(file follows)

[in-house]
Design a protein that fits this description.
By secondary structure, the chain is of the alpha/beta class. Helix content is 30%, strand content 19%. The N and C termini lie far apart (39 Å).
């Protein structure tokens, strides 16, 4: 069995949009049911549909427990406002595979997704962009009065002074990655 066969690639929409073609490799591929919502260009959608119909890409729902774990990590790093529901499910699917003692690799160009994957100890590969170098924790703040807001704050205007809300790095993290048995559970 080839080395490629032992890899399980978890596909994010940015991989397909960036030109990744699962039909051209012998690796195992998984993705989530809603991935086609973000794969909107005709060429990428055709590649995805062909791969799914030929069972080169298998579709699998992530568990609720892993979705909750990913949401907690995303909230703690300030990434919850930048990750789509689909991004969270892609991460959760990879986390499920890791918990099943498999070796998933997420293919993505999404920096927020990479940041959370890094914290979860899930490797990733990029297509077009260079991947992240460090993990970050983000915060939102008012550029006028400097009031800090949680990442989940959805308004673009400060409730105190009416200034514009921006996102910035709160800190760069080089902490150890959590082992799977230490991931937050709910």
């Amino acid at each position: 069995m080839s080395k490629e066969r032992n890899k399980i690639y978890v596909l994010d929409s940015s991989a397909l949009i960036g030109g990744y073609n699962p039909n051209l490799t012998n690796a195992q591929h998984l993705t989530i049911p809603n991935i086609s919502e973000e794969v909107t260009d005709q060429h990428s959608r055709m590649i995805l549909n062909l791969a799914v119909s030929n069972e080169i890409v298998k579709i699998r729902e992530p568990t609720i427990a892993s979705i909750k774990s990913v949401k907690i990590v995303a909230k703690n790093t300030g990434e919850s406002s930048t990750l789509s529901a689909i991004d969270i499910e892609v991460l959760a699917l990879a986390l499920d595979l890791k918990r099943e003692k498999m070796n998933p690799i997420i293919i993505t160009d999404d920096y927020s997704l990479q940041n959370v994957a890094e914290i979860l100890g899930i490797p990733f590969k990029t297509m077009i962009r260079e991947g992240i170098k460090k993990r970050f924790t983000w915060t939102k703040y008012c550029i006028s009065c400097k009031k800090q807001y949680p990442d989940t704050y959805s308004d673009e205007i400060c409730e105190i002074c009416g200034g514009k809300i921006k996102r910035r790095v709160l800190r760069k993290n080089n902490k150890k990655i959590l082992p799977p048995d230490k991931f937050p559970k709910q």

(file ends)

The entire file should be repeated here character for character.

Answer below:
[in-house]
Design a protein that fits this description.
By secondary structure, the chain is of the alpha/beta class. Helix content is 30%, strand content 19%. The N and C termini lie far apart (39 Å).
């Protein structure tokens, strides 16, 4: 069995949009049911549909427990406002595979997704962009009065002074990655 066969690639929409073609490799591929919502260009959608119909890409729902774990990590790093529901499910699917003692690799160009994957100890590969170098924790703040807001704050205007809300790095993290048995559970 080839080395490629032992890899399980978890596909994010940015991989397909960036030109990744699962039909051209012998690796195992998984993705989530809603991935086609973000794969909107005709060429990428055709590649995805062909791969799914030929069972080169298998579709699998992530568990609720892993979705909750990913949401907690995303909230703690300030990434919850930048990750789509689909991004969270892609991460959760990879986390499920890791918990099943498999070796998933997420293919993505999404920096927020990479940041959370890094914290979860899930490797990733990029297509077009260079991947992240460090993990970050983000915060939102008012550029006028400097009031800090949680990442989940959805308004673009400060409730105190009416200034514009921006996102910035709160800190760069080089902490150890959590082992799977230490991931937050709910």
């Amino acid at each position: 069995m080839s080395k490629e066969r032992n890899k399980i690639y978890v596909l994010d929409s940015s991989a397909l949009i960036g030109g990744y073609n699962p039909n051209l490799t012998n690796a195992q591929h998984l993705t989530i049911p809603n991935i086609s919502e973000e794969v909107t260009d005709q060429h990428s959608r055709m590649i995805l549909n062909l791969a799914v119909s030929n069972e080169i890409v298998k579709i699998r729902e992530p568990t609720i427990a892993s979705i909750k774990s990913v949401k907690i990590v995303a909230k703690n790093t300030g990434e919850s406002s930048t990750l789509s529901a689909i991004d969270i499910e892609v991460l959760a699917l990879a986390l499920d595979l890791k918990r099943e003692k498999m070796n998933p690799i997420i293919i993505t160009d999404d920096y927020s997704l990479q940041n959370v994957a890094e914290i979860l100890g899930i490797p990733f590969k990029t297509m077009i962009r260079e991947g992240i170098k460090k993990r970050f924790t983000w915060t939102k703040y008012c550029i006028s009065c400097k009031k800090q807001y949680p990442d989940t704050y959805s308004d673009e205007i400060c409730e105190i002074c009416g200034g514009k809300i921006k996102r910035r790095v709160l800190r760069k993290n080089n902490k150890k990655i959590l082992p799977p048995d230490k991931f937050p559970k709910q």